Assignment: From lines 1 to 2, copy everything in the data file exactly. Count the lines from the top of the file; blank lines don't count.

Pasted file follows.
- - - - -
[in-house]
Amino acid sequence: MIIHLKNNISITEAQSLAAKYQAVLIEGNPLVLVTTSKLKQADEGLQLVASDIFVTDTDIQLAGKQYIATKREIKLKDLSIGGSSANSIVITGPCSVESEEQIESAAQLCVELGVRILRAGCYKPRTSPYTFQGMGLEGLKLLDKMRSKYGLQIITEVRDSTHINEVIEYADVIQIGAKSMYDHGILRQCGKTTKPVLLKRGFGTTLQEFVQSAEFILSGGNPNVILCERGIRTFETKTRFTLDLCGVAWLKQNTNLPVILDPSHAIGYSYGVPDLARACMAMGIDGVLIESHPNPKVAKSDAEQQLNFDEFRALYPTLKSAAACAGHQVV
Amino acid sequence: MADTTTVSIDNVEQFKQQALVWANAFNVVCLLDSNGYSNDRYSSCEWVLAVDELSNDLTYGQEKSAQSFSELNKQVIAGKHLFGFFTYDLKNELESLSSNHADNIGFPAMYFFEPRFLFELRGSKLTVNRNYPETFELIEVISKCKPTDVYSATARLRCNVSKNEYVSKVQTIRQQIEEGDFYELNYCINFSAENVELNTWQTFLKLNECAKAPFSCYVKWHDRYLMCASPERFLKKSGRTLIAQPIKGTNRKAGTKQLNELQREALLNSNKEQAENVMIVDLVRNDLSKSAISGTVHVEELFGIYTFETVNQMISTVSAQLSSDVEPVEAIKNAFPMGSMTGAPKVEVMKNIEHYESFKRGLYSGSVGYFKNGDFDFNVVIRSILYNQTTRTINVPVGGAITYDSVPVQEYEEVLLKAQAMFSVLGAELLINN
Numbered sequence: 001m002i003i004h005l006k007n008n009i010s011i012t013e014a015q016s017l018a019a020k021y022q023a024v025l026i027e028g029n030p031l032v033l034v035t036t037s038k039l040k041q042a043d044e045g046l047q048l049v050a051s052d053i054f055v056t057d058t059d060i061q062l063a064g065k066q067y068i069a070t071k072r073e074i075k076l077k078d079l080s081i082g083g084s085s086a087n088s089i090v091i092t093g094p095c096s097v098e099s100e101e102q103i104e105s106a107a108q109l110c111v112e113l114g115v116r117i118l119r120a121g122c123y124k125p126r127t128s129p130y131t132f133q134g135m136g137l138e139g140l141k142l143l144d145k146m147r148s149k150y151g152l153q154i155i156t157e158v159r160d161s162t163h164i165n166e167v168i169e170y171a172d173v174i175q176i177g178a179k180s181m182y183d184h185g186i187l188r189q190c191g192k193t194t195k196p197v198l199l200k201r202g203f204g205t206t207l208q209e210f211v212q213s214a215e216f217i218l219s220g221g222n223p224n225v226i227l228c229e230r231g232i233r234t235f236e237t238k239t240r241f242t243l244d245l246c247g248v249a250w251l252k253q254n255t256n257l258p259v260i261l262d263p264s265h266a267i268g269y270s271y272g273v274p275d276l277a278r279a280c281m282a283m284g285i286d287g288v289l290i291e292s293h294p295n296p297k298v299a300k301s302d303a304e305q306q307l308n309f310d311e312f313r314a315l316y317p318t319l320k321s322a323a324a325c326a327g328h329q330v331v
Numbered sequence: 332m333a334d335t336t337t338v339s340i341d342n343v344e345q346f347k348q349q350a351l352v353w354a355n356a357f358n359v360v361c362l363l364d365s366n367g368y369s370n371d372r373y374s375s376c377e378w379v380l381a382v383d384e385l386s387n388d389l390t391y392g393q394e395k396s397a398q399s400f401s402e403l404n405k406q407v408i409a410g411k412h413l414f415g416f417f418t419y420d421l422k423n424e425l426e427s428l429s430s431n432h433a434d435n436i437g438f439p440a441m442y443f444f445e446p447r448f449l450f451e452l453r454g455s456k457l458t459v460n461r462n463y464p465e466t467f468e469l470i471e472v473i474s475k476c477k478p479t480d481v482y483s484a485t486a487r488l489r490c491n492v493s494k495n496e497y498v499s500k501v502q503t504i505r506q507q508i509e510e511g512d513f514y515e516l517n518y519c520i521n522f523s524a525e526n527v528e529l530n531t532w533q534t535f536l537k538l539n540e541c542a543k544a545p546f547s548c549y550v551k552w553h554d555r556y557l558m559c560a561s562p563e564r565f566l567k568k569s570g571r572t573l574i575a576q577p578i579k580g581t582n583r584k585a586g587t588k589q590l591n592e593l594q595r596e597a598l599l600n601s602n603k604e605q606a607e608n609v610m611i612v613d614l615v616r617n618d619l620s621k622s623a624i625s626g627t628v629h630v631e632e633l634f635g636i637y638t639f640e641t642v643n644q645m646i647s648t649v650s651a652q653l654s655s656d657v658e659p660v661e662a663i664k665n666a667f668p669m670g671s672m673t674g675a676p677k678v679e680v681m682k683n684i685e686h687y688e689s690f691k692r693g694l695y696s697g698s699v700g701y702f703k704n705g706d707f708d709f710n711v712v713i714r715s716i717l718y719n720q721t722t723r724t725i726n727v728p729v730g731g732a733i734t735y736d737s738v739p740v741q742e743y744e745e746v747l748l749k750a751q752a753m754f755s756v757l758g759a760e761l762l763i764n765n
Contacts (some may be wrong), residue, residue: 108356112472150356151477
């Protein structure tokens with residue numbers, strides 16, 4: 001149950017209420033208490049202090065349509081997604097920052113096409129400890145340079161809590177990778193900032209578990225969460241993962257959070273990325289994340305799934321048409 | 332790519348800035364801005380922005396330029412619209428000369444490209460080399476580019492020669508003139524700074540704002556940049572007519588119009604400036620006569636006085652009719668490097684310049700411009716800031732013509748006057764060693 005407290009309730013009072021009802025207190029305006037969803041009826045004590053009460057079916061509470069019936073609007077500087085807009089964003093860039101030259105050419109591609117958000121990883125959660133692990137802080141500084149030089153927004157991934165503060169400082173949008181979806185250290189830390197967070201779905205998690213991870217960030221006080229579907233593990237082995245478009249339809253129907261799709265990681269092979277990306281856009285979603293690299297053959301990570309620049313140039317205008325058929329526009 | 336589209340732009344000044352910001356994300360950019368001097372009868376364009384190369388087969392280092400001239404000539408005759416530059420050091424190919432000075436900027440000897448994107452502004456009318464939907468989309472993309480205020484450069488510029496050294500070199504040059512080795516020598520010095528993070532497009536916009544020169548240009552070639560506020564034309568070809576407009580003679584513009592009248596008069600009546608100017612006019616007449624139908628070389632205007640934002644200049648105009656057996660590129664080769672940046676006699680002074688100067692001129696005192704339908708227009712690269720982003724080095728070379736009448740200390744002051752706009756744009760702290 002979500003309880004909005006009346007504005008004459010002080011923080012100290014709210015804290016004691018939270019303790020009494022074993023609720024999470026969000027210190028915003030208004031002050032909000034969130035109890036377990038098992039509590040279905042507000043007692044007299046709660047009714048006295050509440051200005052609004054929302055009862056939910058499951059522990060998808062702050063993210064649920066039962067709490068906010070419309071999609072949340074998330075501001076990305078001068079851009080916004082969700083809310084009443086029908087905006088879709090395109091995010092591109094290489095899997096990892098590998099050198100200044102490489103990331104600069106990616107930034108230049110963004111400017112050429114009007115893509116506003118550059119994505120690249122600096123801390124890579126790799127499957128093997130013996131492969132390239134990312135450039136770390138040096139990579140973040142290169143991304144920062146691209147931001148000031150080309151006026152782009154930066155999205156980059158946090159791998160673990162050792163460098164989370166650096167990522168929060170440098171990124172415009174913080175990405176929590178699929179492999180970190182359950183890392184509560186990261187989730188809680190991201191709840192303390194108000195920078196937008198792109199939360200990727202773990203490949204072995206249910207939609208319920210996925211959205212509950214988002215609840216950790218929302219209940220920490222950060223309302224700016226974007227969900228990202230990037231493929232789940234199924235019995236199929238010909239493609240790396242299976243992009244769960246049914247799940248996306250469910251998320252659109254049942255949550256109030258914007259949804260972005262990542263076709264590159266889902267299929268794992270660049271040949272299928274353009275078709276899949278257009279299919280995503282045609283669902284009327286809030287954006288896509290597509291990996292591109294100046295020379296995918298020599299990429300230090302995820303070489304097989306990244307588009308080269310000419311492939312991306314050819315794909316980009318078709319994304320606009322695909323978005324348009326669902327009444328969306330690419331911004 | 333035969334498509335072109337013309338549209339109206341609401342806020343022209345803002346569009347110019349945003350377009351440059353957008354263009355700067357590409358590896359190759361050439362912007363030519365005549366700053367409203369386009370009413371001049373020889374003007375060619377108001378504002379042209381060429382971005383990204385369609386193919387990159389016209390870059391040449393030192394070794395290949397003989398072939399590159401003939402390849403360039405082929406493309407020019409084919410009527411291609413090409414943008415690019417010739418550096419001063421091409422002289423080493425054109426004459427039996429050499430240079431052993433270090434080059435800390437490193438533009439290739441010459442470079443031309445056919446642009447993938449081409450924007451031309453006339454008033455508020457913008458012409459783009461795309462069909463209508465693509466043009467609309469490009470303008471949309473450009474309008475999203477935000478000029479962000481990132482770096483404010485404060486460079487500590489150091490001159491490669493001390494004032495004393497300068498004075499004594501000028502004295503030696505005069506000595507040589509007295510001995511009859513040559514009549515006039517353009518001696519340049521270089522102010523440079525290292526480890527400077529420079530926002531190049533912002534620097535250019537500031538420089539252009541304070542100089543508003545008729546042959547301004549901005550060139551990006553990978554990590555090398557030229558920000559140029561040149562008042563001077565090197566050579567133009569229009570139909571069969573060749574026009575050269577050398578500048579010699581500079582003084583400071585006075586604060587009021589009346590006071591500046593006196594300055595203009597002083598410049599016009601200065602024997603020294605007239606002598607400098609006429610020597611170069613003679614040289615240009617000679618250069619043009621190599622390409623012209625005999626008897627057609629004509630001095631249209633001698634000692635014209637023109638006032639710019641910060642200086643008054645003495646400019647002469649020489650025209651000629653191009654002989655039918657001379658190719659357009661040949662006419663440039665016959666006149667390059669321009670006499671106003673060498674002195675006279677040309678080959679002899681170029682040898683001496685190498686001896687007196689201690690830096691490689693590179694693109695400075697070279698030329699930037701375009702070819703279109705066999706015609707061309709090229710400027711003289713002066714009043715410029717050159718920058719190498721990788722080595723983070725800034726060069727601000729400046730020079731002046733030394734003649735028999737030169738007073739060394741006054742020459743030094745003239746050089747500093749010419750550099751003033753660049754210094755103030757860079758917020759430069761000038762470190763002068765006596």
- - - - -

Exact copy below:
[in-house]
Amino acid sequence: MIIHLKNNISITEAQSLAAKYQAVLIEGNPLVLVTTSKLKQADEGLQLVASDIFVTDTDIQLAGKQYIATKREIKLKDLSIGGSSANSIVITGPCSVESEEQIESAAQLCVELGVRILRAGCYKPRTSPYTFQGMGLEGLKLLDKMRSKYGLQIITEVRDSTHINEVIEYADVIQIGAKSMYDHGILRQCGKTTKPVLLKRGFGTTLQEFVQSAEFILSGGNPNVILCERGIRTFETKTRFTLDLCGVAWLKQNTNLPVILDPSHAIGYSYGVPDLARACMAMGIDGVLIESHPNPKVAKSDAEQQLNFDEFRALYPTLKSAAACAGHQVV